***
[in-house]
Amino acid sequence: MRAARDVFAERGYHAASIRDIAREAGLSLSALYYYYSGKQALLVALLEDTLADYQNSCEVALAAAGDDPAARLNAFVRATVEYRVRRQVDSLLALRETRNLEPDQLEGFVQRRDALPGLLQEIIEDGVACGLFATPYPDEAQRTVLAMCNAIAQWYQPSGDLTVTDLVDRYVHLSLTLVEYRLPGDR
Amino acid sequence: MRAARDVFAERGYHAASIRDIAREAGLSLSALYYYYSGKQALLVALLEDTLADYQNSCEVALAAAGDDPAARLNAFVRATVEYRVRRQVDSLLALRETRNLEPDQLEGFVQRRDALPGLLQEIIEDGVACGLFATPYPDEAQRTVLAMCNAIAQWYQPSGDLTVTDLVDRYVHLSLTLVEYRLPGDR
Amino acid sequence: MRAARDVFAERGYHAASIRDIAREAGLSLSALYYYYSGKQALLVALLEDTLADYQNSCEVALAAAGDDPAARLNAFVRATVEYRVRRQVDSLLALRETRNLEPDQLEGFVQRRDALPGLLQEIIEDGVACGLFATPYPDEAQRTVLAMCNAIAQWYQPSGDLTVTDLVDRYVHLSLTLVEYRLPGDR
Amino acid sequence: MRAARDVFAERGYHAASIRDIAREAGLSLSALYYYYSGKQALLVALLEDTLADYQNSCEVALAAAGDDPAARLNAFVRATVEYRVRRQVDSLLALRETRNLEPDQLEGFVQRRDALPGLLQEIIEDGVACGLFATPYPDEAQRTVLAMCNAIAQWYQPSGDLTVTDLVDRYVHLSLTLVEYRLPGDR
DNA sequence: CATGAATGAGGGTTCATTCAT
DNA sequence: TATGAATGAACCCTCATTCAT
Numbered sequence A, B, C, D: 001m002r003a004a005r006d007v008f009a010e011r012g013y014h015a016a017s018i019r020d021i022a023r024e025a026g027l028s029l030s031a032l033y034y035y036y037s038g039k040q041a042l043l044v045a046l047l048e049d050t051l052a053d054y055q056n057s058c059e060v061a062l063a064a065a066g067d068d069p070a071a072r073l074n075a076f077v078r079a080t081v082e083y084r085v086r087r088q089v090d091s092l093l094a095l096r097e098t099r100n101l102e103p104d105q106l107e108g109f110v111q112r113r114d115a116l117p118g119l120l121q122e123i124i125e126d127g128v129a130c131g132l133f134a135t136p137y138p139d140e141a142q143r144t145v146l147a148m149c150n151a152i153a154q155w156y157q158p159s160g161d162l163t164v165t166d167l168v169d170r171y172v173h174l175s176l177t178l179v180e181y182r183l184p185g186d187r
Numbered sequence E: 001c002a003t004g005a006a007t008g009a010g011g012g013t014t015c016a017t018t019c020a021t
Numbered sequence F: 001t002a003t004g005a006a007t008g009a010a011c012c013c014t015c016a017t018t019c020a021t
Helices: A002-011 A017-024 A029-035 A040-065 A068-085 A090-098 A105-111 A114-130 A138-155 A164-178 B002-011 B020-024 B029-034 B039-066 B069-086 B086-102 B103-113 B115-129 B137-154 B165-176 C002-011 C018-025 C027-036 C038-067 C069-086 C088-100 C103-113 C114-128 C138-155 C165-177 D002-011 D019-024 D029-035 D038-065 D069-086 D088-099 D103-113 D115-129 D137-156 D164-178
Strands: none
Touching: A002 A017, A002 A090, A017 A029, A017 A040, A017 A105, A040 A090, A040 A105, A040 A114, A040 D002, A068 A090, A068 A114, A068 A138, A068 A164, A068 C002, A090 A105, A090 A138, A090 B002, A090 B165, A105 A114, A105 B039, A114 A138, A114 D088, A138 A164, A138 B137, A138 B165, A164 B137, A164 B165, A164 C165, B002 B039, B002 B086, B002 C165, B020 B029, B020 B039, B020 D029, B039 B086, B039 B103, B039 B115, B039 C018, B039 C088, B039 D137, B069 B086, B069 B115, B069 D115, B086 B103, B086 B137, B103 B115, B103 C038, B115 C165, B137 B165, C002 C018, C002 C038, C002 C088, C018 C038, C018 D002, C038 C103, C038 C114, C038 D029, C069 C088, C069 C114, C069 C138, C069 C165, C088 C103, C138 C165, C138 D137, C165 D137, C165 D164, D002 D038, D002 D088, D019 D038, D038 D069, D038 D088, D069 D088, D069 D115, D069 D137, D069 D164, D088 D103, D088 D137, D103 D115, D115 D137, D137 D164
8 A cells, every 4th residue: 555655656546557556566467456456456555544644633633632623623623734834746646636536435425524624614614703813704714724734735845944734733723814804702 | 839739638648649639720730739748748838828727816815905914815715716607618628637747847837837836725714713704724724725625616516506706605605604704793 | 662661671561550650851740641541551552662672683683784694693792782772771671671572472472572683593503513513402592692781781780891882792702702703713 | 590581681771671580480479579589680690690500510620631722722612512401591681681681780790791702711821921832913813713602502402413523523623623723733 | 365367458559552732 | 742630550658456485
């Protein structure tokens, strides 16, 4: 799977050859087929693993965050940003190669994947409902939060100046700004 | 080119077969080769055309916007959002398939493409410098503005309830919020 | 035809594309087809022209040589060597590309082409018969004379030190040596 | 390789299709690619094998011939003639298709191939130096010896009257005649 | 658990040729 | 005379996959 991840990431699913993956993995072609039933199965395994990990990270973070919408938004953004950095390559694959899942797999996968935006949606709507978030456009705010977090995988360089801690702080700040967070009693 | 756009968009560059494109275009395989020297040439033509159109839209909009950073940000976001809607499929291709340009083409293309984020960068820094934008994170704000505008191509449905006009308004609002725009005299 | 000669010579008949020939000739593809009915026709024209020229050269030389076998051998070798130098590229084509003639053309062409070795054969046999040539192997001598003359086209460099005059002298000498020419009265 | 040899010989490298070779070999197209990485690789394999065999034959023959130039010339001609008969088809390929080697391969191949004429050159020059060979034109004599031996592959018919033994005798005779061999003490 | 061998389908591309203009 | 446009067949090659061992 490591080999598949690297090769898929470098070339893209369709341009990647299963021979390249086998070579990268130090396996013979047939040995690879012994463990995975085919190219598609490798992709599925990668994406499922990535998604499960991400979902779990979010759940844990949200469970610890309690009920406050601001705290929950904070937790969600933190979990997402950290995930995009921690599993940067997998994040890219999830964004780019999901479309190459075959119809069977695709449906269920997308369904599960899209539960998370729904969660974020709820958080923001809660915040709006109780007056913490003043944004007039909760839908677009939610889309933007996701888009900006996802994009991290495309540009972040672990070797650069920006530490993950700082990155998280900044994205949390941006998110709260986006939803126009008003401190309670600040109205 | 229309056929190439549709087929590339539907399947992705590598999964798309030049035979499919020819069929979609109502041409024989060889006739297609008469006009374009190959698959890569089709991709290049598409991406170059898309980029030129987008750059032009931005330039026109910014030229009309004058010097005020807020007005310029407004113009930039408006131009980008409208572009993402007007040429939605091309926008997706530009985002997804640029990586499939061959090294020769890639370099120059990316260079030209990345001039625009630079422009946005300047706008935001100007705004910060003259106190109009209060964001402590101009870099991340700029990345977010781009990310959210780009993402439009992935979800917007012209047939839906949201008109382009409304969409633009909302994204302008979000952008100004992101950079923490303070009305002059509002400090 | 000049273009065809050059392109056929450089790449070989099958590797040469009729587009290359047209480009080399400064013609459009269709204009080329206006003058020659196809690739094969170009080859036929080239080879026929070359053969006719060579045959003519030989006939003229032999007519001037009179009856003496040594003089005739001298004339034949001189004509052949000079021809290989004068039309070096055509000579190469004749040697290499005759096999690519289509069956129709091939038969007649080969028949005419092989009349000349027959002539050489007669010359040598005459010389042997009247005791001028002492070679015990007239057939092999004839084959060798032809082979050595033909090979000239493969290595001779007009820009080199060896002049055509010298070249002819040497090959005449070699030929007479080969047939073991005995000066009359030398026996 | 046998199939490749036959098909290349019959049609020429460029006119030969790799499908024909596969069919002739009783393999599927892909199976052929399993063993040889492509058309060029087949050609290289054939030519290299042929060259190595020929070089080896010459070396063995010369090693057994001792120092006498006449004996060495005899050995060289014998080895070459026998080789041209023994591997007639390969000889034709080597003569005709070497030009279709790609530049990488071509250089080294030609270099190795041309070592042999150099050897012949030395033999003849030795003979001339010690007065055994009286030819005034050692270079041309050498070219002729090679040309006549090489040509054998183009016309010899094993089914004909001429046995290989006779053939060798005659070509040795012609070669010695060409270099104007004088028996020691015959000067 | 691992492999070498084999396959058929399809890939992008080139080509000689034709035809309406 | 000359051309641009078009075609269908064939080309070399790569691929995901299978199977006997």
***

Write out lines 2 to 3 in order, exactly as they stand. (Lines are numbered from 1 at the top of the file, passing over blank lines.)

Amino acid sequence: MRAARDVFAERGYHAASIRDIAREAGLSLSALYYYYSGKQALLVALLEDTLADYQNSCEVALAAAGDDPAARLNAFVRATVEYRVRRQVDSLLALRETRNLEPDQLEGFVQRRDALPGLLQEIIEDGVACGLFATPYPDEAQRTVLAMCNAIAQWYQPSGDLTVTDLVDRYVHLSLTLVEYRLPGDR
Amino acid sequence: MRAARDVFAERGYHAASIRDIAREAGLSLSALYYYYSGKQALLVALLEDTLADYQNSCEVALAAAGDDPAARLNAFVRATVEYRVRRQVDSLLALRETRNLEPDQLEGFVQRRDALPGLLQEIIEDGVACGLFATPYPDEAQRTVLAMCNAIAQWYQPSGDLTVTDLVDRYVHLSLTLVEYRLPGDR